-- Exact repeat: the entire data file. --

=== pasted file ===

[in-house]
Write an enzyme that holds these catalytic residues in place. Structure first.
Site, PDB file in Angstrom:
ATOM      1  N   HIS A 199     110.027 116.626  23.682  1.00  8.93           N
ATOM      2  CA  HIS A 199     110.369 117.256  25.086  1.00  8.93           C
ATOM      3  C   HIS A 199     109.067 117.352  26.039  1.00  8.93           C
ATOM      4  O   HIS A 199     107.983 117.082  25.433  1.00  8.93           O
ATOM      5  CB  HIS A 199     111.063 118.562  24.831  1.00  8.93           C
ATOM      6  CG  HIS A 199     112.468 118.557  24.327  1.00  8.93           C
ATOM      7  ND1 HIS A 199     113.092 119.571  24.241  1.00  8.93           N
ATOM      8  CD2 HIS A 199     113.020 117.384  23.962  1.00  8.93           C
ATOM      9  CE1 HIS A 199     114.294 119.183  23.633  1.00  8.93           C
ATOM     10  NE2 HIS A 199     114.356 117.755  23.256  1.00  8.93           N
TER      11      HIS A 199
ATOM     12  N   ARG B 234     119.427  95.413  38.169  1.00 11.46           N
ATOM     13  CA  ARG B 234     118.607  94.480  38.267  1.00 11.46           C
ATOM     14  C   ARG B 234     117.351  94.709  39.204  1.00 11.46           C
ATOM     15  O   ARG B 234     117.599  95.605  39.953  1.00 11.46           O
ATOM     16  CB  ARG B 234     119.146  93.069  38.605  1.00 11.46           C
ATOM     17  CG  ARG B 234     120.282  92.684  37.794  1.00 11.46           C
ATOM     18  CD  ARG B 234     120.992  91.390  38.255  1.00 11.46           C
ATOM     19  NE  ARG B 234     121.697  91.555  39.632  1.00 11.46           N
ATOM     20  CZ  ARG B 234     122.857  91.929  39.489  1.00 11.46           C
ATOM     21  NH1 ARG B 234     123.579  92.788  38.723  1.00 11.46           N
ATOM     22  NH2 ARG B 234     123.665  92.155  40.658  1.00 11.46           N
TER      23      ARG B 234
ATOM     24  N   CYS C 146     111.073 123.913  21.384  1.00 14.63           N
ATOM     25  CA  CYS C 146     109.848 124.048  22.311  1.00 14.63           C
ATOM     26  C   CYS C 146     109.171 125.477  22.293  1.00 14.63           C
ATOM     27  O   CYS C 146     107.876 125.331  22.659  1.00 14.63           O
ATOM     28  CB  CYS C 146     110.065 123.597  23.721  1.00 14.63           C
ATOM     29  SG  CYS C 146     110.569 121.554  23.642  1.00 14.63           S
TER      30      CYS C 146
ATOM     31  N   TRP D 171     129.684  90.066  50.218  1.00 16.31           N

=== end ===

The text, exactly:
[in-house]
Write an enzyme that holds these catalytic residues in place. Structure first.
Site, PDB file in Angstrom:
ATOM      1  N   HIS A 199     110.027 116.626  23.682  1.00  8.93           N
ATOM      2  CA  HIS A 199     110.369 117.256  25.086  1.00  8.93           C
ATOM      3  C   HIS A 199     109.067 117.352  26.039  1.00  8.93           C
ATOM      4  O   HIS A 199     107.983 117.082  25.433  1.00  8.93           O
ATOM      5  CB  HIS A 199     111.063 118.562  24.831  1.00  8.93           C
ATOM      6  CG  HIS A 199     112.468 118.557  24.327  1.00  8.93           C
ATOM      7  ND1 HIS A 199     113.092 119.571  24.241  1.00  8.93           N
ATOM      8  CD2 HIS A 199     113.020 117.384  23.962  1.00  8.93           C
ATOM      9  CE1 HIS A 199     114.294 119.183  23.633  1.00  8.93           C
ATOM     10  NE2 HIS A 199     114.356 117.755  23.256  1.00  8.93           N
TER      11      HIS A 199
ATOM     12  N   ARG B 234     119.427  95.413  38.169  1.00 11.46           N
ATOM     13  CA  ARG B 234     118.607  94.480  38.267  1.00 11.46           C
ATOM     14  C   ARG B 234     117.351  94.709  39.204  1.00 11.46           C
ATOM     15  O   ARG B 234     117.599  95.605  39.953  1.00 11.46           O
ATOM     16  CB  ARG B 234     119.146  93.069  38.605  1.00 11.46           C
ATOM     17  CG  ARG B 234     120.282  92.684  37.794  1.00 11.46           C
ATOM     18  CD  ARG B 234     120.992  91.390  38.255  1.00 11.46           C
ATOM     19  NE  ARG B 234     121.697  91.555  39.632  1.00 11.46           N
ATOM     20  CZ  ARG B 234     122.857  91.929  39.489  1.00 11.46           C
ATOM     21  NH1 ARG B 234     123.579  92.788  38.723  1.00 11.46           N
ATOM     22  NH2 ARG B 234     123.665  92.155  40.658  1.00 11.46           N
TER      23      ARG B 234
ATOM     24  N   CYS C 146     111.073 123.913  21.384  1.00 14.63           N
ATOM     25  CA  CYS C 146     109.848 124.048  22.311  1.00 14.63           C
ATOM     26  C   CYS C 146     109.171 125.477  22.293  1.00 14.63           C
ATOM     27  O   CYS C 146     107.876 125.331  22.659  1.00 14.63           O
ATOM     28  CB  CYS C 146     110.065 123.597  23.721  1.00 14.63           C
ATOM     29  SG  CYS C 146     110.569 121.554  23.642  1.00 14.63           S
TER      30      CYS C 146
ATOM     31  N   TRP D 171     129.684  90.066  50.218  1.00 16.31           N